Boyan Slat, CEO of The Ocean Cleanup, is solving one of the biggest eco disasters of our time.
The design he dreamed up in his teenage bedroom will cut the time it takes to rid the ocean of plastic pollution from 79,000 years to just ten. Pretty incredible, huh?
Boyan talks to us about his inspiration, optimism for the future and how the ground-breaking design works.
"I'm not entirely sure whether I'm not crazy," Boyan says. "Maybe I am?" What do you think? We'd love to hear your responses in the comments!
As a diving enthusiast Boyan Slat noticed that there were more plastic bags than fish in the water around him. So, at the age of 16, he instigated The Ocean Cleanup, an enormous, but absolutely vital, effort to rid our ocean of plastic.
At first he was told it was impossible.
"Pessimism is what preserves the status quo and optimism is what brings us forward," he says.
Currently he and his team are mapping the plastic by air and testing a 100m-long prototype in the North Sea.
By working with the best technology and most innovative materials available on the planet, Boyan created a prototype that should be able to withstand the extreme forces at sea.
So how does it work?
On our planet there are five garbage patches where plastic debris circulates. In 2020, The Ocean Cleanup will first tackle the largest garbage patch, known as the Great Pacific Garbage Patch, found between Hawaii and California.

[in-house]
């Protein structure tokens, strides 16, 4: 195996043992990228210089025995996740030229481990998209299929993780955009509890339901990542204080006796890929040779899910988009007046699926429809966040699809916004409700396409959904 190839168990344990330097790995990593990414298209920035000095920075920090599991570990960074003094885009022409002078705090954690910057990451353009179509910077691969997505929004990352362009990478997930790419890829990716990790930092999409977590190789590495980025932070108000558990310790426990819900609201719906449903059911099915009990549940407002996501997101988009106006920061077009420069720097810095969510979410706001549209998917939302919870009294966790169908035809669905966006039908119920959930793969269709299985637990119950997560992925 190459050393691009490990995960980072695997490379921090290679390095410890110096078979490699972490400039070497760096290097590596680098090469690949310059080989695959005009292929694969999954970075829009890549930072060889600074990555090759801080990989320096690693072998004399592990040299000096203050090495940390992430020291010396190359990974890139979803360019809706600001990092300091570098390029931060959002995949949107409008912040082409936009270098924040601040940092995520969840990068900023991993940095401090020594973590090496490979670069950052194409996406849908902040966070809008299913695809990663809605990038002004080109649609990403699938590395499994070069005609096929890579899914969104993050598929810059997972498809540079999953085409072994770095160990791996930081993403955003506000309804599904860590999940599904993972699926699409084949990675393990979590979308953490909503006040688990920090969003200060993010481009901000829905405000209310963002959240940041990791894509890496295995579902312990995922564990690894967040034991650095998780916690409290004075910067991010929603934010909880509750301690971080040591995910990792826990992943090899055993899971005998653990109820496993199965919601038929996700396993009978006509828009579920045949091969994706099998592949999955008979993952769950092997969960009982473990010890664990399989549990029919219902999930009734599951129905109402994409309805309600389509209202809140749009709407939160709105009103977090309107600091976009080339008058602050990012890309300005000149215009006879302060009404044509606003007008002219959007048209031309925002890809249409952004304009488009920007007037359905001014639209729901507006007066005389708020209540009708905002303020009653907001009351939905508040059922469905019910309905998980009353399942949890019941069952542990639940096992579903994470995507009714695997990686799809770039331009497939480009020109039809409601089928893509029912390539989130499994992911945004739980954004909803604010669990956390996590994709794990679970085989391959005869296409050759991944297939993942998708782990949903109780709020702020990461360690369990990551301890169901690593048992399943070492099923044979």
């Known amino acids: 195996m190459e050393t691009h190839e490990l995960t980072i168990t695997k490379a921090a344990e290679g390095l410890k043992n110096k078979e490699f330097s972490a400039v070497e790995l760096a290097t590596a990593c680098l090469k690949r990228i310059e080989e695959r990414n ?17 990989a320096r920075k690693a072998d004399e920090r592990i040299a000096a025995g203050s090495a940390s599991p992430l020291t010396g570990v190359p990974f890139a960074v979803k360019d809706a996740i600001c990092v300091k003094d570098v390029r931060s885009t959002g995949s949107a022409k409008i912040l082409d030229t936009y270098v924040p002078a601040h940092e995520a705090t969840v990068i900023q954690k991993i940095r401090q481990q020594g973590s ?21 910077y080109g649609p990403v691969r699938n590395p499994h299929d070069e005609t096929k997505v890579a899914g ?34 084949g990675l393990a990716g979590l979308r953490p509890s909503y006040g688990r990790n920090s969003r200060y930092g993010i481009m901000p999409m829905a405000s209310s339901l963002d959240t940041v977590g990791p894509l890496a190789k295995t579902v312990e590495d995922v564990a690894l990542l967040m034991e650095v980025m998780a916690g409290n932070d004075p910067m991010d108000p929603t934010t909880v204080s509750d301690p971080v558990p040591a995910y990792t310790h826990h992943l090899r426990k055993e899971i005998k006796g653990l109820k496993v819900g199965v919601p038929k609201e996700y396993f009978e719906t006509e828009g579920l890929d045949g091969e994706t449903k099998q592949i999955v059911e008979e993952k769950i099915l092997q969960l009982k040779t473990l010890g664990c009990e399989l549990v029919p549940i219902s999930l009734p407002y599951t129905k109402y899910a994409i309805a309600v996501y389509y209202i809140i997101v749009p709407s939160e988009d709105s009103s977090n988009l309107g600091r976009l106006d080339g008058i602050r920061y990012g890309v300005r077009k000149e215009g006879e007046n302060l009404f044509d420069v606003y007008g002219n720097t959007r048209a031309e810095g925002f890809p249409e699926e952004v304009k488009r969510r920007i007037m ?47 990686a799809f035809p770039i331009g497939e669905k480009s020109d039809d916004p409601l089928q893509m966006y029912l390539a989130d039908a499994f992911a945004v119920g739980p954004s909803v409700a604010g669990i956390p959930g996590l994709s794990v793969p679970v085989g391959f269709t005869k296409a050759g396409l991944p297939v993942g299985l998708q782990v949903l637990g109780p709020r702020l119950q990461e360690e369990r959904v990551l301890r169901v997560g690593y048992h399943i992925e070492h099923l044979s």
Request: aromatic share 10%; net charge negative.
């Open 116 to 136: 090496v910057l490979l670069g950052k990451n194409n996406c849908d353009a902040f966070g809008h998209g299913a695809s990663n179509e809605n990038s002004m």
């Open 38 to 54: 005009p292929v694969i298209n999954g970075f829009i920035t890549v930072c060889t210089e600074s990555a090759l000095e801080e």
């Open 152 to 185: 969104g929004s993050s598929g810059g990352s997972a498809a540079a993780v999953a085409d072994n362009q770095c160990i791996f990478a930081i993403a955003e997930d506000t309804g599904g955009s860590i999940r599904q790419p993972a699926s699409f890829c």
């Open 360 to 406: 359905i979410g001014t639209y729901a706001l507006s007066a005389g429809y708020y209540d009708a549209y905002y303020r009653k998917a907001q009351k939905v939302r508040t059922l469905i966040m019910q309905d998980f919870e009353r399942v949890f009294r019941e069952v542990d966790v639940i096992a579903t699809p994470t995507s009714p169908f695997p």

A V-shaped barrier is placed perpendicular to the ocean currents to collect as much plastic as possible. With its remarkable length of 100km it’s the largest floating object at sea. It’s five times further away from the coastline than the closest oil rig, and it needs to be anchored at a depth that’s never been reached before.
To conquer these challenges, The Ocean Cleanup uses advanced technology and innovative materials such as Dyneema, the world’s strongest fibre. It’s 15x stronger than steel and was developed by DSM.
This allows the whole construction to move with the waves, making it capable of withstanding fierce ocean storms.
The barriers are not built with nets but with an impenetrable solid screen, which naturally guides fish and other marine life underneath, so they don’t get stuck.
Every four to six weeks the plastic will be collected by ship from a storage facility at the tip of the V-shaped barrier and reused, recycled or turned into bunker fuel for its service vessels. The operation will be self-sustainable and pay for itself.
What does Boyan say to those who say this is an impossible task?
“Human history is sort of a long list of things that were impossible and then were done.
"I’ve been an inventor really for all my life. The feeling you get when you think about something and then see that become reality... There's really no better feeling than that, the act of creation.”
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